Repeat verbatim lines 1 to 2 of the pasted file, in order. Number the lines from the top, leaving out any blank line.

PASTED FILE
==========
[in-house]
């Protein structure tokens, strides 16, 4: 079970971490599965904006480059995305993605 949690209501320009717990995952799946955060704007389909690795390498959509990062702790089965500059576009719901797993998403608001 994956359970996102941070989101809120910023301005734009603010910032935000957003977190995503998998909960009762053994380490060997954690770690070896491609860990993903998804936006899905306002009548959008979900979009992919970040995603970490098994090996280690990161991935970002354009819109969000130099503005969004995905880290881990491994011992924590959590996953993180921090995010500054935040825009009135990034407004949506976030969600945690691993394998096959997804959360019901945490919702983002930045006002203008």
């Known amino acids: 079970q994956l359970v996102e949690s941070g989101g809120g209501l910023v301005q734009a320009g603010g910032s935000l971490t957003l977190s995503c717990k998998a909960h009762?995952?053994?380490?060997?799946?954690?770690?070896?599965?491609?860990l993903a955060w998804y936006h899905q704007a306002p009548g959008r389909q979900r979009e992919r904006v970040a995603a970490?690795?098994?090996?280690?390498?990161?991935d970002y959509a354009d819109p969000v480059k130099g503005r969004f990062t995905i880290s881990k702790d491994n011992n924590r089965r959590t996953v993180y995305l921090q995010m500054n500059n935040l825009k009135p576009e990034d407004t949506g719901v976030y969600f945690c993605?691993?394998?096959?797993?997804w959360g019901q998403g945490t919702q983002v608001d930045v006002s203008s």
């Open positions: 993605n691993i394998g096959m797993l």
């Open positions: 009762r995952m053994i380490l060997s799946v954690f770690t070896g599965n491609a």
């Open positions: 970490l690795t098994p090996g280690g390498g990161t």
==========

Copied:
[in-house]
């Protein structure tokens, strides 16, 4: 079970971490599965904006480059995305993605 949690209501320009717990995952799946955060704007389909690795390498959509990062702790089965500059576009719901797993998403608001 994956359970996102941070989101809120910023301005734009603010910032935000957003977190995503998998909960009762053994380490060997954690770690070896491609860990993903998804936006899905306002009548959008979900979009992919970040995603970490098994090996280690990161991935970002354009819109969000130099503005969004995905880290881990491994011992924590959590996953993180921090995010500054935040825009009135990034407004949506976030969600945690691993394998096959997804959360019901945490919702983002930045006002203008």